The fact that I am vegetarian is a source of curiosity for many people. I suppose this is mostly because I am not a "militant" vegetarian who is hell-bent on making everybody else a vegetarian too. It's a choice I made for myself, and I don't force my dietary habits on other people. Since many vegetarians do feel the need to preach their views, this makes me a bit of an anomaly.
I first flirted with vegetarianism 20 years ago as a New Year's resolution in 1986. I only really liked hamburgers, bacon and pepperoni growing up anyway, and so it seemed like an easy step to take. Unfortunately, the local burger joints kept tempting me back to the life of a carnivore, and I never made it more than three months at a time. Come Thanksgiving, I had given up completely, because I wanted a slice of dead turkey pretty bad.
Fast-forward a year-and-a-half. I was dating a girl who was a vegetarian. She was very vocal about animal rights, and made compelling arguments against eating animals. After a couple weeks of pestering, I finally kicked the meat habit on Earth Day, March 1988, because my girlfriend promised to make it worth my while. And while she lived up to her promise, we only lasted another couple weeks before breaking up.
But the diet has stuck ever since.
Part of it is for health reasons, but mostly it's because I can't make the leap from this...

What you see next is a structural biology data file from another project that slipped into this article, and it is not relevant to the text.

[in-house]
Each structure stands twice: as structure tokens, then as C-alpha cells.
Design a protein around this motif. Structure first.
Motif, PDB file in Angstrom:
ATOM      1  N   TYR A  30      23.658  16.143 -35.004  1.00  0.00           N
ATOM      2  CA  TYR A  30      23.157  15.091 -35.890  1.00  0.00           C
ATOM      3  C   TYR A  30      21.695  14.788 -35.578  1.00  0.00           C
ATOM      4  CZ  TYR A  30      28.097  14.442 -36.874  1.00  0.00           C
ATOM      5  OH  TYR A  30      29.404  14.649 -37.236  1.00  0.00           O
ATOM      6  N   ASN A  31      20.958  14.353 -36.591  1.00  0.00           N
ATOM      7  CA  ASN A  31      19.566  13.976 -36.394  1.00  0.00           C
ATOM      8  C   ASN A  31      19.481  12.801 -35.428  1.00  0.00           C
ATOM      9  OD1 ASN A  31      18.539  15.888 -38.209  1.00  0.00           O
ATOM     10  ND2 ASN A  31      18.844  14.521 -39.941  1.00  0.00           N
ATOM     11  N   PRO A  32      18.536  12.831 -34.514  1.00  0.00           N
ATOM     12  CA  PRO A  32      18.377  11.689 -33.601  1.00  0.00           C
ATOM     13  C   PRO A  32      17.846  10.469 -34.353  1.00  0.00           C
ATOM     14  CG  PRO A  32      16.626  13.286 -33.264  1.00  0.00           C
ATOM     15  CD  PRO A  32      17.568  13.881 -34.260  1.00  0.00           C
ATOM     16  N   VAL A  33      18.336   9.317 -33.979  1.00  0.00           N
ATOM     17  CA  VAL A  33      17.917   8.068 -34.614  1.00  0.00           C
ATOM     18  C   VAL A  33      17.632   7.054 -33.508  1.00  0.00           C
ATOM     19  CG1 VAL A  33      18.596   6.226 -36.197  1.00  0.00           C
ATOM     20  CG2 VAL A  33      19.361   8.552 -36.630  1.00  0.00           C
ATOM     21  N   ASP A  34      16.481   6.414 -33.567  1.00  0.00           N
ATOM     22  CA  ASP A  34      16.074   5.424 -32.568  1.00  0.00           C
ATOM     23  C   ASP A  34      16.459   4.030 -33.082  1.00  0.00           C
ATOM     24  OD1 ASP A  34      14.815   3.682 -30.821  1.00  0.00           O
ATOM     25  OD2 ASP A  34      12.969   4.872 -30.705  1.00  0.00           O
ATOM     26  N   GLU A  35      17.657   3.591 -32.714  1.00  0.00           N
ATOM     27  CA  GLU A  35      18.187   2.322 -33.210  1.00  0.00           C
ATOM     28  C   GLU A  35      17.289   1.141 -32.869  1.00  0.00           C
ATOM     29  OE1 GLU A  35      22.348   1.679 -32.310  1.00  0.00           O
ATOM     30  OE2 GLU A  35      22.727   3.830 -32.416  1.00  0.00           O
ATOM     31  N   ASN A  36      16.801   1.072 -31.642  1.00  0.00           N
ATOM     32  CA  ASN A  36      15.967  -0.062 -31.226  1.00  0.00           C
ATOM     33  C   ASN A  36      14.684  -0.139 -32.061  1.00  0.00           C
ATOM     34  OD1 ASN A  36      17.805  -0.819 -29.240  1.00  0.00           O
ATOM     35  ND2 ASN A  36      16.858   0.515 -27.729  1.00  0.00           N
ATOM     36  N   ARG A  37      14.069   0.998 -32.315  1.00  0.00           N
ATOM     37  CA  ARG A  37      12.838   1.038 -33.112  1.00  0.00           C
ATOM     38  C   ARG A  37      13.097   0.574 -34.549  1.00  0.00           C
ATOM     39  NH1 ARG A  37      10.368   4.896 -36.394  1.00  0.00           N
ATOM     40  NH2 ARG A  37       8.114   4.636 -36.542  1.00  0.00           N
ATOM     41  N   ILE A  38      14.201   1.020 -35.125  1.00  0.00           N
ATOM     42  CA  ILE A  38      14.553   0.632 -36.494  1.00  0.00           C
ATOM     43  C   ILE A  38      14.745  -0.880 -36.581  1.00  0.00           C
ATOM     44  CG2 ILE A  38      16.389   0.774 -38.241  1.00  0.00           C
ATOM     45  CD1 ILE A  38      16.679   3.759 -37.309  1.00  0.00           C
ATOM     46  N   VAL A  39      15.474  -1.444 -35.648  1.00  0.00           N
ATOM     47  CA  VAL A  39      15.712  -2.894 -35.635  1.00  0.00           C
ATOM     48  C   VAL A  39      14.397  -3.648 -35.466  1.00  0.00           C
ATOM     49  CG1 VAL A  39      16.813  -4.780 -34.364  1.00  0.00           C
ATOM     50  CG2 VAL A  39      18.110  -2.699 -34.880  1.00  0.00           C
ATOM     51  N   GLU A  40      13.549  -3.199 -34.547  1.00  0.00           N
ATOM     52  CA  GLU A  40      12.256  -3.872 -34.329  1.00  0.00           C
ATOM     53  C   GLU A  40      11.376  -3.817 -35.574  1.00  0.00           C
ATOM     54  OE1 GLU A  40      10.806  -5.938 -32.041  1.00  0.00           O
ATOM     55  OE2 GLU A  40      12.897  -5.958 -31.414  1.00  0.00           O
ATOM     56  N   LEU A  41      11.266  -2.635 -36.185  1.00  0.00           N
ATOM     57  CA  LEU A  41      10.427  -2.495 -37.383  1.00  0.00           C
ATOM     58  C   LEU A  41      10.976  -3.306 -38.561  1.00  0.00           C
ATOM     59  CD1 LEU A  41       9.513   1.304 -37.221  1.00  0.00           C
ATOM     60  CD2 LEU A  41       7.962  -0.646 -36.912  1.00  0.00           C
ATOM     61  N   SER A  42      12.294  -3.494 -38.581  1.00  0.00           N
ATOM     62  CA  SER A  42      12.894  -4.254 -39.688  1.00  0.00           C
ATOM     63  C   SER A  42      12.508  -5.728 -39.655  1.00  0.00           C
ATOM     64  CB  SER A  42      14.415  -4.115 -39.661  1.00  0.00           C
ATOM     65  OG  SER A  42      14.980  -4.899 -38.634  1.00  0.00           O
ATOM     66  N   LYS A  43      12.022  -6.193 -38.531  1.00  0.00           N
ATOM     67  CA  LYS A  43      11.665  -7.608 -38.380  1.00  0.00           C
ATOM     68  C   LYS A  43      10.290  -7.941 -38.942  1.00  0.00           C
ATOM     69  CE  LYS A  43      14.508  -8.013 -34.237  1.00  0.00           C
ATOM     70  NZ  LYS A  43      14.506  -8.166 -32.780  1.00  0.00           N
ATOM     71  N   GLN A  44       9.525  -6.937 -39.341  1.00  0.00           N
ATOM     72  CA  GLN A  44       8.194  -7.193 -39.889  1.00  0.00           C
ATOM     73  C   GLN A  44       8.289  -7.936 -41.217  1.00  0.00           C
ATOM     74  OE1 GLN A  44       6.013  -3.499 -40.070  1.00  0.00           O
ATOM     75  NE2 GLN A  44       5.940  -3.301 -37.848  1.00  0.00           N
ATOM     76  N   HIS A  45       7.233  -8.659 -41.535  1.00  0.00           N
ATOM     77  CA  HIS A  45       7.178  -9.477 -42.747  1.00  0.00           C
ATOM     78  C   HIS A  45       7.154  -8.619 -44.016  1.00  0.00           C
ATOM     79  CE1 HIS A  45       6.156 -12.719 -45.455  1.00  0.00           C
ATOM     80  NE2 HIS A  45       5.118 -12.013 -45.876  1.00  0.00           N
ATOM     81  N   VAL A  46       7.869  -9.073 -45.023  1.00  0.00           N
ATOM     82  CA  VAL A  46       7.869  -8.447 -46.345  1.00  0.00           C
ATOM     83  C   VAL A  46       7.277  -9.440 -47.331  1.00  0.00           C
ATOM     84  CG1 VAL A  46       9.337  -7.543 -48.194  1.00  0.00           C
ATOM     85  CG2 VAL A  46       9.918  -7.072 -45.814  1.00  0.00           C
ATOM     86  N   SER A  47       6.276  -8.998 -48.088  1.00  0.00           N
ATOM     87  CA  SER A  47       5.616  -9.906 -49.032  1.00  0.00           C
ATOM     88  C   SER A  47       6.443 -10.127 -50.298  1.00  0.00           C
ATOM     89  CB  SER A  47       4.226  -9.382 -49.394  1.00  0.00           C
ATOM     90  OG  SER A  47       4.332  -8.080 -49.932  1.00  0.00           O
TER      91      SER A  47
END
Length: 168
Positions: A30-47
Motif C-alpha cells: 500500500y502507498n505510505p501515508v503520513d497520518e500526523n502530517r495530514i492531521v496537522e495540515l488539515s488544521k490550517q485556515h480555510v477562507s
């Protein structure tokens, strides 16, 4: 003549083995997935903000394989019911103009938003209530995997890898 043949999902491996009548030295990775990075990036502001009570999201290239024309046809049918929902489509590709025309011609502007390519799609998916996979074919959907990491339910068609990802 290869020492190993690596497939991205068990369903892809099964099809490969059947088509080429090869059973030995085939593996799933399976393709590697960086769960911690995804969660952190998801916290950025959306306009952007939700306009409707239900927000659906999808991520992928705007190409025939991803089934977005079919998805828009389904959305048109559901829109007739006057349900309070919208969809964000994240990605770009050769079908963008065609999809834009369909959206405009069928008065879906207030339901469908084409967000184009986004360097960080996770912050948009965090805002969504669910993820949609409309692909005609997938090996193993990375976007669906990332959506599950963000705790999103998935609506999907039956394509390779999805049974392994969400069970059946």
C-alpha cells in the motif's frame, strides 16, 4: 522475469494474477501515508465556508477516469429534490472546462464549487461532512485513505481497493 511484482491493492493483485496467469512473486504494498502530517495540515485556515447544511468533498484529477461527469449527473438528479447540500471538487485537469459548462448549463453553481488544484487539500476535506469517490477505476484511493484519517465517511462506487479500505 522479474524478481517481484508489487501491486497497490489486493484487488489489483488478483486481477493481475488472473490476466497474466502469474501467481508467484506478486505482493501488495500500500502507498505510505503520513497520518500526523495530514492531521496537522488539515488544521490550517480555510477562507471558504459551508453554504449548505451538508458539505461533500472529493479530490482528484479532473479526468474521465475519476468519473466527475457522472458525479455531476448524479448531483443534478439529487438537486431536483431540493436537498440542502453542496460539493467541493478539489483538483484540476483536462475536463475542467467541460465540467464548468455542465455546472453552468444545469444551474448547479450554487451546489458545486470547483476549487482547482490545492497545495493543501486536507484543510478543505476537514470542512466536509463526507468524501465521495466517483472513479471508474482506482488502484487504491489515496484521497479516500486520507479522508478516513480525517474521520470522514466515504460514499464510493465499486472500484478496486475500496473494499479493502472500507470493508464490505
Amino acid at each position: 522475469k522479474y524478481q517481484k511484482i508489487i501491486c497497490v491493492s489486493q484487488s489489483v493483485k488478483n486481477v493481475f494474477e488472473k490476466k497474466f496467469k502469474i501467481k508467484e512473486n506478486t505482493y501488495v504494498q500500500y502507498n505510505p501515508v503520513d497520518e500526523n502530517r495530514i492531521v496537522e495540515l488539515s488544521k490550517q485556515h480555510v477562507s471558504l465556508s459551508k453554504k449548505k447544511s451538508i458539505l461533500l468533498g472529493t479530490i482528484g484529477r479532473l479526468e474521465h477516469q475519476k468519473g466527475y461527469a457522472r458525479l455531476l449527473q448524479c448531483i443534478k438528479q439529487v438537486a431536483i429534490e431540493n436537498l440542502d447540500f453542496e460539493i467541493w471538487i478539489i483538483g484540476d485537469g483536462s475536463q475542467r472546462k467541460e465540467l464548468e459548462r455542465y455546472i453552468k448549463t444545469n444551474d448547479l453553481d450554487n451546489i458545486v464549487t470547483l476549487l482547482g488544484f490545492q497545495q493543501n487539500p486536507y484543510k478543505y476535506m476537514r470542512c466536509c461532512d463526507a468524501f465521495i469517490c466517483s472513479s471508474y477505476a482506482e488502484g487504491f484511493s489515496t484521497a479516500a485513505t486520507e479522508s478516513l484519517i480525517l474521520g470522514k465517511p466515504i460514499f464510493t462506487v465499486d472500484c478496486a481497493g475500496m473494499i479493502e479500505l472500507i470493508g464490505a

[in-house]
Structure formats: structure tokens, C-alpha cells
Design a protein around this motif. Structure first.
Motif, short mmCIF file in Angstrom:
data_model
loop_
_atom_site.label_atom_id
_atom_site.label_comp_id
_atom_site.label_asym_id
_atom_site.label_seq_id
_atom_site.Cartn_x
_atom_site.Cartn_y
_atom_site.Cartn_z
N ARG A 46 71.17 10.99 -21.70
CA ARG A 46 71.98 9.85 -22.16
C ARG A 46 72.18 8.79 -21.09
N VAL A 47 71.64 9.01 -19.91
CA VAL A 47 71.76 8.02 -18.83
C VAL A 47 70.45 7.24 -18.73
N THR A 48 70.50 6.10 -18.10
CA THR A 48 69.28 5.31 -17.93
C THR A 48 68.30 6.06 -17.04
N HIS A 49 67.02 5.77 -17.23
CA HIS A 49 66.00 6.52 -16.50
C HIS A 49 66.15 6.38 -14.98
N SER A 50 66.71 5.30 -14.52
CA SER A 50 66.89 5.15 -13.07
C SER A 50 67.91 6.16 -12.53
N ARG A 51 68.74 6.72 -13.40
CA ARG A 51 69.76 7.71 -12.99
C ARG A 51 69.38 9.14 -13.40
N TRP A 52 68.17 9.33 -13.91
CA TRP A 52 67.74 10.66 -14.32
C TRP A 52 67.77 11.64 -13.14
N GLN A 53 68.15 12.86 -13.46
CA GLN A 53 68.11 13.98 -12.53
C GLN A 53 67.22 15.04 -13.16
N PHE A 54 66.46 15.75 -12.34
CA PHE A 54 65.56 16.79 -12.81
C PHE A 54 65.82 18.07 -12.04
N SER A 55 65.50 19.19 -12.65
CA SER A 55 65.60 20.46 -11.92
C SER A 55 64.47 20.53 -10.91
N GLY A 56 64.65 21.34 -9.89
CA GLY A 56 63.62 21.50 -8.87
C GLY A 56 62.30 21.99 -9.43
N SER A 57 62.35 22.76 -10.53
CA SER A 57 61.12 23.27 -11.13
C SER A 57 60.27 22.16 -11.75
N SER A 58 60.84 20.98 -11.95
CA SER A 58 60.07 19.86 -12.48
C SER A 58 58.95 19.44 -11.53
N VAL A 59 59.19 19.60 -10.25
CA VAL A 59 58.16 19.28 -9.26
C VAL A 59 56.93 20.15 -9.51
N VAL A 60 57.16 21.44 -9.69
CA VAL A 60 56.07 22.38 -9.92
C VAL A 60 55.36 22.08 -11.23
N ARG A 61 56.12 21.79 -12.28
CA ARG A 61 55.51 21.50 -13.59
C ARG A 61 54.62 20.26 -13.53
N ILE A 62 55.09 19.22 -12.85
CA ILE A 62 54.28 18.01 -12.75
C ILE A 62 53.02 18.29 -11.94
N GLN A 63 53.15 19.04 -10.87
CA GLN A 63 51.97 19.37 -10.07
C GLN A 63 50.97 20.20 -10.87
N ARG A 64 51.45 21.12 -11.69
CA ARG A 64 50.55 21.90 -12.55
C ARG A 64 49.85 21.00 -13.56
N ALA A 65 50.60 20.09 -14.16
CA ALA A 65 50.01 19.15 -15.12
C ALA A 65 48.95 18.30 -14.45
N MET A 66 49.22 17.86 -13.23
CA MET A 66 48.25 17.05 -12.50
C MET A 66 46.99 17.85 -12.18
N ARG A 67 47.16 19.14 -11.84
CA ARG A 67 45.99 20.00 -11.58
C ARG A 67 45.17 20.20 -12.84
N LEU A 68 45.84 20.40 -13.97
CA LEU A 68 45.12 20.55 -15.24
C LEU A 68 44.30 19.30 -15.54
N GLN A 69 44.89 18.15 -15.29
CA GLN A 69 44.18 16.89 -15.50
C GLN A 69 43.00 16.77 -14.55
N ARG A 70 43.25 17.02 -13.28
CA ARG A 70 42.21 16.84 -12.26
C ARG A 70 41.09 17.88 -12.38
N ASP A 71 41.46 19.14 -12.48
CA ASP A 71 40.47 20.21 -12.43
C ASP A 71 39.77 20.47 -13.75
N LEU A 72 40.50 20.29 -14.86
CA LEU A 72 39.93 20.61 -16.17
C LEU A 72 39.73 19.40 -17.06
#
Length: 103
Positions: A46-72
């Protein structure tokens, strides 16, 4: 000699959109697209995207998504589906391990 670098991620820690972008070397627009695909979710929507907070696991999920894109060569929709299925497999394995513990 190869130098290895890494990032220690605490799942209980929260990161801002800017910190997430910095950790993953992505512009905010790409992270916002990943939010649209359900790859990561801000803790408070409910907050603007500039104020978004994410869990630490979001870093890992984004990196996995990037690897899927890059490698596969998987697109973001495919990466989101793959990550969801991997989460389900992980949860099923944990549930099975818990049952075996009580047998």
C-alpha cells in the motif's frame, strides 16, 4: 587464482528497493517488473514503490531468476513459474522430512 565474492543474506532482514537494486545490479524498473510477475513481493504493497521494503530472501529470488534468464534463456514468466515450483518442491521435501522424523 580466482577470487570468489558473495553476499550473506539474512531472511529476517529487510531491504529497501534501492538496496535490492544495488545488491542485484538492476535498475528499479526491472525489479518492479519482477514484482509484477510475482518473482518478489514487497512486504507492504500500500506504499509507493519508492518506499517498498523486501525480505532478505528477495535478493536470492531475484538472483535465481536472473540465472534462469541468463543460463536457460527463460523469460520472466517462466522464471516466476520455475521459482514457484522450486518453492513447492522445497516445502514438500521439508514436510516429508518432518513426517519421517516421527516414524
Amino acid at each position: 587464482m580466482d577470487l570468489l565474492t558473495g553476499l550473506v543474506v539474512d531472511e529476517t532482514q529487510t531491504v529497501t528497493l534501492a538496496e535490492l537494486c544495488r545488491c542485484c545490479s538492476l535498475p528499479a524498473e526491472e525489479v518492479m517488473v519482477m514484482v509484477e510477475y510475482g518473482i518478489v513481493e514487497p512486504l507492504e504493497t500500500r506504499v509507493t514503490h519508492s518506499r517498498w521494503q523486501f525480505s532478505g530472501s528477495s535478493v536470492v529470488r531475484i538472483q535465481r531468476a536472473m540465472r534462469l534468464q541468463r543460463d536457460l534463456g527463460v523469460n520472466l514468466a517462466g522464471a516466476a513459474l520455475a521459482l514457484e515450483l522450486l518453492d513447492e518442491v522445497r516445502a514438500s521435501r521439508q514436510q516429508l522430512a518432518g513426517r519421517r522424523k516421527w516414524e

And I have to wonder how many other people would continue to eat meat if they had to slaughter it themselves. It's easy to become detached from where meat really comes from when it comes so nicely packaged at the supermarket. I also wonder if people would be willing to pay the price to eat meat if the US government were to stop subsidizing the industry. Without billions in taxpayer dollars, a hamburger would cost around $14.00... would people be willing to pay it when suddenly a veggie burger was so cheap by comparison?
Anyway, vegetarianism fits neatly into my Buddhist way of thinking, so I am quite happy to stay the course. And while I am (unfortunately) still eating unfertilized eggs, milk, cheese, and other dairy, I can safely say that I won't be eating meat ever again. I seem to be much healthier because of it, and am happy to contribute to a diet that's not destroying the planet.
So while I don't begrudge people who choose to eat dead animals, eating less meat or becoming a vegetarian is easier than ever. Why not give meat-free options a chance next time you're at the grocery store or eating at a restaurant... you might be surprised.
On the other hand... boy do I miss pepperoni pizza.